Concern is growing in Cairo over possible international military action in Syria as calls for a military response increase following an alleged chemical attack by government forces against the opposition.
"UN teams are still working to collect evidence on whether or not [the government of President Bashar Al-Assad] used chemical weapons against its own people, but already some very conclusive statements are being made. It is disturbing one must say," said a Cairo official who asked for anonymity.
News of the suspected chemical attack have been followed by statements from leading world capitals suggesting that if proven, Assad would have stepped beyond red lines and a reaction would be in order.
On Monday, US Secretary of State John Kerry said the account of Assad’s use of chemical weapon was grounded in fact – but said the world was waiting for the final say from UN inspectors. Kerry’s statement came less than two days after close to open threats by the US President and UK Prime Minister.
European diplomats in Cairo say a military ground operation is out of the question. They insisted the US and Europeans would not send troops – nobody wants another Iraq. No boots on the ground and no direct involvement. Limited aerial or ground-to-ground attacks, possibly from Jordan, are possible.
"Nobody can say what will happen and really nobody can confirm that anything will happen," says a Cairo-based European diplomat.
"At this point, there might be tough pressure on Russia and Iran to force Assad – their ally – to make a political deal that he has been resisting so far, especially recently as he has improved his position on the ground," says one diplomat. "However, it would be unwise to discard the threats entirely as psychological war on Assad."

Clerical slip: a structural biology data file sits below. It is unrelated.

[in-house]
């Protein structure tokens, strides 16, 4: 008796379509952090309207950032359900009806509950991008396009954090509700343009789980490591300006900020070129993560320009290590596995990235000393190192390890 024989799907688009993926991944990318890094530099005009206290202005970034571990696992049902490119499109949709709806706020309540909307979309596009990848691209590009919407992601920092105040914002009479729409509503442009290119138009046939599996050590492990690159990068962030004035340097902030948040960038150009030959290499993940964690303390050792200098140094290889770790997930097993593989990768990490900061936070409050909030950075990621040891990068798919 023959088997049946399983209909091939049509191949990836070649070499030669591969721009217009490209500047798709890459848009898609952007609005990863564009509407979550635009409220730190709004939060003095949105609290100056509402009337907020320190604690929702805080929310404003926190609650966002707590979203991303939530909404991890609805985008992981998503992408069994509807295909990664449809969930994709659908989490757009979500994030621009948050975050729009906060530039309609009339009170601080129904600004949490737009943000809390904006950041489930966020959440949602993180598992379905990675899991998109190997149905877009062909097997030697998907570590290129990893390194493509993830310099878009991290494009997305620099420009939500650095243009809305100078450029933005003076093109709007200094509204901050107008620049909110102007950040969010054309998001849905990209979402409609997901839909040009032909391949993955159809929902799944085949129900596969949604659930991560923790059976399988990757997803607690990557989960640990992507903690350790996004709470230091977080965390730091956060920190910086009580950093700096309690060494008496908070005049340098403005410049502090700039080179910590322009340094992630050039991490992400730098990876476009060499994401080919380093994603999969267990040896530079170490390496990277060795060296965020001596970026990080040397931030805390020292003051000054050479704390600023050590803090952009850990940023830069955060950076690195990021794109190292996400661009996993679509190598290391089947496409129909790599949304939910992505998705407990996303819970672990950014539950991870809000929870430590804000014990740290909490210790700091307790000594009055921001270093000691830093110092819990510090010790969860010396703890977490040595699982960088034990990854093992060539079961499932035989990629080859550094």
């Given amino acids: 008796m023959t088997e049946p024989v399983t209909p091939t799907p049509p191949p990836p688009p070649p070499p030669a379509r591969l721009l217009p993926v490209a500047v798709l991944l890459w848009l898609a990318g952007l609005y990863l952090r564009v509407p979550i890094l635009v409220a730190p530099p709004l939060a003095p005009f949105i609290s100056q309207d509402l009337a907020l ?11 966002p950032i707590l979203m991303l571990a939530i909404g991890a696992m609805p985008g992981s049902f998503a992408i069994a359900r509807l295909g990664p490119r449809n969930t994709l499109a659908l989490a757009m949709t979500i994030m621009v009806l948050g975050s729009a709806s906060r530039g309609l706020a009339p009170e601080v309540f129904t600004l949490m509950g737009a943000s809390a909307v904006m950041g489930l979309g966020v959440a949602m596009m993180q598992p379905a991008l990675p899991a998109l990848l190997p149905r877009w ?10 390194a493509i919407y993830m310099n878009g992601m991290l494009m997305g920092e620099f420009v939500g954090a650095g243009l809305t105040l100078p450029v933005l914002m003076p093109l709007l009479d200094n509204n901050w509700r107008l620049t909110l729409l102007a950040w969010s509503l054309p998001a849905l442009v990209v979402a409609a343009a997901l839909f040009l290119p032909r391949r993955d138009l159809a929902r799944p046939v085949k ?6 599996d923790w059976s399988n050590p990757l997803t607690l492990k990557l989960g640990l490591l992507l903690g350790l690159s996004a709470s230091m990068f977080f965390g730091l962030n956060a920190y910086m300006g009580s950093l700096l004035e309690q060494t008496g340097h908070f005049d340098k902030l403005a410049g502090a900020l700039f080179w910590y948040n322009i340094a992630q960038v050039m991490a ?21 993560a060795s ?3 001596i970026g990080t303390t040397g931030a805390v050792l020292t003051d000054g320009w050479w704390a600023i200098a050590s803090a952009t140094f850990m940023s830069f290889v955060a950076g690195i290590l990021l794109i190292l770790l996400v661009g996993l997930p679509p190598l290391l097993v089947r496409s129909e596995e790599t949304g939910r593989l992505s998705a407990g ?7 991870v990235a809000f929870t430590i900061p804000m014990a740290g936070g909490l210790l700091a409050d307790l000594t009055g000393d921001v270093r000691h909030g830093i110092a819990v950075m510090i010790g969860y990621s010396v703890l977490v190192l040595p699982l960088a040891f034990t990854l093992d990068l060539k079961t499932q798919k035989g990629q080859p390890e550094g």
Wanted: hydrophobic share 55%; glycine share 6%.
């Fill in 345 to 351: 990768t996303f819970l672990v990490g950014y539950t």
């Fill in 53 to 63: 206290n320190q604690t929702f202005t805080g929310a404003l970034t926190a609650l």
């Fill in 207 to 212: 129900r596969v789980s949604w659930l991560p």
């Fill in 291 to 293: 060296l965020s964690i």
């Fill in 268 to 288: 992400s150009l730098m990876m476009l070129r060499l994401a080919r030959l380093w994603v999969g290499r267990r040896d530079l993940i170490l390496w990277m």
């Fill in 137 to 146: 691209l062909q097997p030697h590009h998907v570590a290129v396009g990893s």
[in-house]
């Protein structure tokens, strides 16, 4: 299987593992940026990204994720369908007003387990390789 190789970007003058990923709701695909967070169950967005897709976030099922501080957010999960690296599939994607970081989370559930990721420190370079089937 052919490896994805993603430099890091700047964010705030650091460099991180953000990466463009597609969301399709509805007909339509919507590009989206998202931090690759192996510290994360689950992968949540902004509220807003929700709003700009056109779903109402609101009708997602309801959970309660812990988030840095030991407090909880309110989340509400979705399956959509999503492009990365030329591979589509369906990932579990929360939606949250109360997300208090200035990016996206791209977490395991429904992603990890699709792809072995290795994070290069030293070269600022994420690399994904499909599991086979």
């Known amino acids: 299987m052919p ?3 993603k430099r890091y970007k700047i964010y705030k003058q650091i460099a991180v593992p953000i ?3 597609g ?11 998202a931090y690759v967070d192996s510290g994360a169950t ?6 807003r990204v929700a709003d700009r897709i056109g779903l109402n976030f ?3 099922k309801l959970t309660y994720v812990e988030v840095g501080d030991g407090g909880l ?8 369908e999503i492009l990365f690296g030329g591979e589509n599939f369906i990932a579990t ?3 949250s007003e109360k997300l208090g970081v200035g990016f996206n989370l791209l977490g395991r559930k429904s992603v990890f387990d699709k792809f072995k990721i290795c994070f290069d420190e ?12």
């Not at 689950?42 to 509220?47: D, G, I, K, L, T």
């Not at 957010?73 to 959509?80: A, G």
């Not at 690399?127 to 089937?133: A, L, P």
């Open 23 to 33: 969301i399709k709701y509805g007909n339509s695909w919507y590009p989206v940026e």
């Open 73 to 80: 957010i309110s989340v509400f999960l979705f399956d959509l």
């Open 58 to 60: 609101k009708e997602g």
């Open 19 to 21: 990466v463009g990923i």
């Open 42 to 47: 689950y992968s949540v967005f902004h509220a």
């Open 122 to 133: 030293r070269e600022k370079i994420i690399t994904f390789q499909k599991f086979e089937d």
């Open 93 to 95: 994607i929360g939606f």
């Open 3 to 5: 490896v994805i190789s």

Russia has warned Britain and America that they will be in "grave violation of international law" if they carry out air strikes against the Syrian government without UN approval. Russian President Vladimir Putin has conveyed this message at length to the UK Prime Minister.
"We are hoping a deal can be reached because if not we are in serious trouble," says another official. He adds that Cairo has been using high-level diplomatic channels to caution against a strike on Syria. "Our position against the atrocities committed by the Assad regime is firm but this is not to say we should encourage moves that might wreak havoc, especially if there is no guarantee that such strikes would remove the Assad regime."
Cairo is concerned that strikes could accentuate tension thus leading to a new influx of Syrian refugees to Egypt, at a time of increasing public dislike and mistrust towards them for their alleged participation in pro-Morsi marches.
Cairo is also apprehensive that an Islamist regime “probably be more radical than the one that has just exited power in Cairo” could come to power in Syria if Assad is removed.
Kadri Saiid, senior strategic affairs expert at the Al-Ahram Centre for Political and Strategic Studies, says a military strike against Syria is the last thing Egypt needs. Even if it is not a war in the conventional sense, Saiid argues, it would still be destabilising for Syria and the entire region, Egypt included.
It would mean the Egyptian military, which is now heavily involved with state administration and battling Islamist militants in Sinai, would have an added worry, Saiid adds.
Egyptian officials agree, and add that a fresh war in the region would deal a serious blow to an already damaged tourism and investment climate in Egypt. “We are desperate for the economy to pick up,” says a government official.
Egypt would take part in diplomatic activities, including with its new-found diplomatic enemy, Turkey, officials say. The priority now is to prevent a war on Syria.
Egypt is talking to Saudi Arabia, an influential regional player. It is also talking to Russia, which has been very supportive of Egypt, and with other partners, to prevent military action.
At an Arab League meeting of permanent representatives on Tuesday, Egypt will urge caution over military action and appeal for new political efforts.
Saiid is aware of the difficulties that could hamper political efforts given the conflicting interests of key regional players: Egypt, Saudi Arabia, Turkey and Iran. However, he says, the US and the UK will not want the regional situation to get out of hand. “If Syria is attacked, Russia and Iran would be more upfront in their support of Assad. This means more weaponry and more havoc at a time when many countries in the region are faced with internal challenges.” He adds that it is too much to argue that more turmoil is in the interests of Israel.